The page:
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Image by Victor Freitas




In 2015 I was training for Coeur D Alene Ironman. It was Mid May and the race was set for mid June. I was in what I thought was the best shape of my life. I experienced tiredness, but thought it was just from training. I went out to do my last, really long ride before starting to taper and when I was halfway through, I had no energy or strength. At that point, I knew something was wrong. I had been having other issues for months, as well. I kept telling myself it was from training but on this day I just knew something was very wrong. My friend suggested I go visit my Doctor immediately. My Doctor performed Colonoscopy and a few days later I found out I had Rectal Cancer.

Within a week of discovering that I had Rectal Cancer, I started a 6 week long daily regimen of chemo and radiation. Needless to say, I was unable to compete in Ironman. However, I kept swimming and walking as much as possible during those 6 weeks. In the last 2 weeks, I was unable to do much due to the brutal radiation. I had a 2 month break to build my strength before having surgery to remove the tumor. During that time, I swam 2.4 miles across Coeur D Alene lake, walked a Marathon and did an Olympic distance triathlon. The day I had my surgery was the day I was supposed to do a 100 mile bike ride around the lake. Since I did not have the energy to bike 100 miles in 1 day due to my stay in the hospital, I split the ride into 3 days instead to make sure I could finish it, even though I wasn’t going to get my medal.

Image by David Marcu
Image by Colton Duke

In September I had surgery to remove the tumor and was given a temporary Ileostomy bag. I was doing laps around the hospital on 2nd floor the next day and tracking it on my Garmin. The surgery was harder to recover from and I was only allowed to walk, so every day I would walk a little further.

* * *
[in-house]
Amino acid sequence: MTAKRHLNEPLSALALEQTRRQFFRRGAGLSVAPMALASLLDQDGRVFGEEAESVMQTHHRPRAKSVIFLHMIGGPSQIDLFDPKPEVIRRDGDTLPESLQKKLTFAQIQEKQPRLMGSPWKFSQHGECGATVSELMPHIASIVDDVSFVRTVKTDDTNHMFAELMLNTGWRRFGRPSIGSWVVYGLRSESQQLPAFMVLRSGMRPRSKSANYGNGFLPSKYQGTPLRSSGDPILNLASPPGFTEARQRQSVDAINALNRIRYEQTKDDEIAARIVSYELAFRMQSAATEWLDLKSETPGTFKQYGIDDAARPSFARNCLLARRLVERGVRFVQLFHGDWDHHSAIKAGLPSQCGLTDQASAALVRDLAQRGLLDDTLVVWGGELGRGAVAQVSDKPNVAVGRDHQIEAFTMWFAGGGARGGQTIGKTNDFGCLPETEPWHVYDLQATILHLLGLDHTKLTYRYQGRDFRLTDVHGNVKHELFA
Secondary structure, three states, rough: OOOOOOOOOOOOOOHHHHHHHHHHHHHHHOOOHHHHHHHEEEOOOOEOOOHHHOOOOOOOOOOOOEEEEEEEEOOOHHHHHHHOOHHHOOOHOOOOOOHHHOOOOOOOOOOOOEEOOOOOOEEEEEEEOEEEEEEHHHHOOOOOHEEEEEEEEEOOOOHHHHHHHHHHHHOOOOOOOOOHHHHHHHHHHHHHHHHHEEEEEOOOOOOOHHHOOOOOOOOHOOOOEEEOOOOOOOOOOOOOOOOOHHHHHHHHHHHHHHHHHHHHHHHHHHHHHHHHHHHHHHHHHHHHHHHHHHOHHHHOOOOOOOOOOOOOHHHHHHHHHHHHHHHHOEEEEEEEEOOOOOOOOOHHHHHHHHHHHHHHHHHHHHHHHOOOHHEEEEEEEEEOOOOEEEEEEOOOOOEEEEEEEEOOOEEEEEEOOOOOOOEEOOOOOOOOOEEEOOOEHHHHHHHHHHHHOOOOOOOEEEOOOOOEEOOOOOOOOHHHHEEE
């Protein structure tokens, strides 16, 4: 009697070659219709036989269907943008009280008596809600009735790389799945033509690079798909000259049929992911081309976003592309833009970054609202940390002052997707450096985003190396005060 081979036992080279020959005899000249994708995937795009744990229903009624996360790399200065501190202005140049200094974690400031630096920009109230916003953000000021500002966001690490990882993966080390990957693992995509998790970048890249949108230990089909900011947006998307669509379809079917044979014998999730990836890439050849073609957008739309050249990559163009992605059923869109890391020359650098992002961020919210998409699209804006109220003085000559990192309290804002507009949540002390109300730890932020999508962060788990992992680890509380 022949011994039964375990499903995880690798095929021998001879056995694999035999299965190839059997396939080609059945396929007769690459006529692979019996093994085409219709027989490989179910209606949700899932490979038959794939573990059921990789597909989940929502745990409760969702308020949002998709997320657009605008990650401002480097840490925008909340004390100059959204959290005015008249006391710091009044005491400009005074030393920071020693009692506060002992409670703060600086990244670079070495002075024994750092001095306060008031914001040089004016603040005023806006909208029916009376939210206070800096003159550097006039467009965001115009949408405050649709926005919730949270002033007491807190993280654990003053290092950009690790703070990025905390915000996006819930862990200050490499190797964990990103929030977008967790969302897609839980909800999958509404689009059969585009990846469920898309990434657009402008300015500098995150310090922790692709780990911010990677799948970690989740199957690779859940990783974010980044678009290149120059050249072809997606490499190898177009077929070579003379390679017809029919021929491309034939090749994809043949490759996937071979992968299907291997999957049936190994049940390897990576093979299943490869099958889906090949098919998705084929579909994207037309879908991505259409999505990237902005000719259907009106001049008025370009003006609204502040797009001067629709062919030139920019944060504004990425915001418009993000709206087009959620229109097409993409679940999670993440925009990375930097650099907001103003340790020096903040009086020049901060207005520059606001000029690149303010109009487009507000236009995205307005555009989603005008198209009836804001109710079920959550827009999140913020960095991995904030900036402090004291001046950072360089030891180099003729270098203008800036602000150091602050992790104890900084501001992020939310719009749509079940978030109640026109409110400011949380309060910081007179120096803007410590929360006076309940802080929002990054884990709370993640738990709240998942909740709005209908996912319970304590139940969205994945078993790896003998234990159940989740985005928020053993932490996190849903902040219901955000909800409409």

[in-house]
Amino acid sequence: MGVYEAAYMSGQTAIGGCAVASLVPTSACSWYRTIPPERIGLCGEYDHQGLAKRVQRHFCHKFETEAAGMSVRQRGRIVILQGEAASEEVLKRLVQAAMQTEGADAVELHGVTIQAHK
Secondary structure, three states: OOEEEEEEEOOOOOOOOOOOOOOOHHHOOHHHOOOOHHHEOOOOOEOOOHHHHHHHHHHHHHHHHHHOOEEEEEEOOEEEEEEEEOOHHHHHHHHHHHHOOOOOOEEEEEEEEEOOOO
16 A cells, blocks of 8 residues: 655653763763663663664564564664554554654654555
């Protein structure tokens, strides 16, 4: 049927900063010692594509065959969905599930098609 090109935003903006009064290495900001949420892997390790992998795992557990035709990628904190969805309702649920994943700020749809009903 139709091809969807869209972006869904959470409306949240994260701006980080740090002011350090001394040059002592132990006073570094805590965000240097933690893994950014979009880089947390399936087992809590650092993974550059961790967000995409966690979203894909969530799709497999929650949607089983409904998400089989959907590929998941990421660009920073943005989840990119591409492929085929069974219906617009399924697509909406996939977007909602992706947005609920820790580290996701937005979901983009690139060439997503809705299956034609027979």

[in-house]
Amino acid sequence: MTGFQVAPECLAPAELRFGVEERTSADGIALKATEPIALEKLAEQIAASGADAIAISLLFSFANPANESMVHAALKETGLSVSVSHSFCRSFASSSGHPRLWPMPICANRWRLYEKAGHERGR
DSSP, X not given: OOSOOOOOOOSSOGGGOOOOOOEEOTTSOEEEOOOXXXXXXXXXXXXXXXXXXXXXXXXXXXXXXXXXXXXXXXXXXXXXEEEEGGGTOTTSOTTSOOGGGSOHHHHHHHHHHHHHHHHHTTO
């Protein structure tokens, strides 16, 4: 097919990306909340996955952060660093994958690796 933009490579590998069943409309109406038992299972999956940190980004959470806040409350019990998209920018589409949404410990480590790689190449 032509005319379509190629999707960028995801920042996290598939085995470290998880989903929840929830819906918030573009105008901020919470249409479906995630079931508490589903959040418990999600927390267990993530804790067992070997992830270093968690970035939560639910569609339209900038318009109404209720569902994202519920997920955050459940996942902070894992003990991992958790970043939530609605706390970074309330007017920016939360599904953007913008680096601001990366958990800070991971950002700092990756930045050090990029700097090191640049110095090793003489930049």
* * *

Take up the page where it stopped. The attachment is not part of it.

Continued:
In October there was an awards ceremony for the people who had completed the Marathon, swim and 100 mile bike ride. I found out they were still going to give me my medal and honorary mention for completing it. I was so excited even though I had not been able to compete in the Ironman that year. Instead, I performed all the distances separately in an event called the Iron Series! After I had my reversal surgery I. started 6 more months of Chemo. During that time, I walked several 5 and 10 k’s and 1 Half marathon.


I believe that training saved my life. I was so in tune with my body that I knew something was not right. I may not have gone to the doctor as soon, had I not been training. Also, I think the whole process would have been a lot tougher if I were not in the shape I was in. I finished treatment in May of 2016. That's almost exactly 1 year from diagnosis. In June of 2017, I completed the Coeur D Alene half Ironman! I have some pretty harsh side affects but I continue to do triathlons, individual swims, bike and run events, as well as hiking and strength training! My hope is that my story gives hope to anyone newly diagnosed!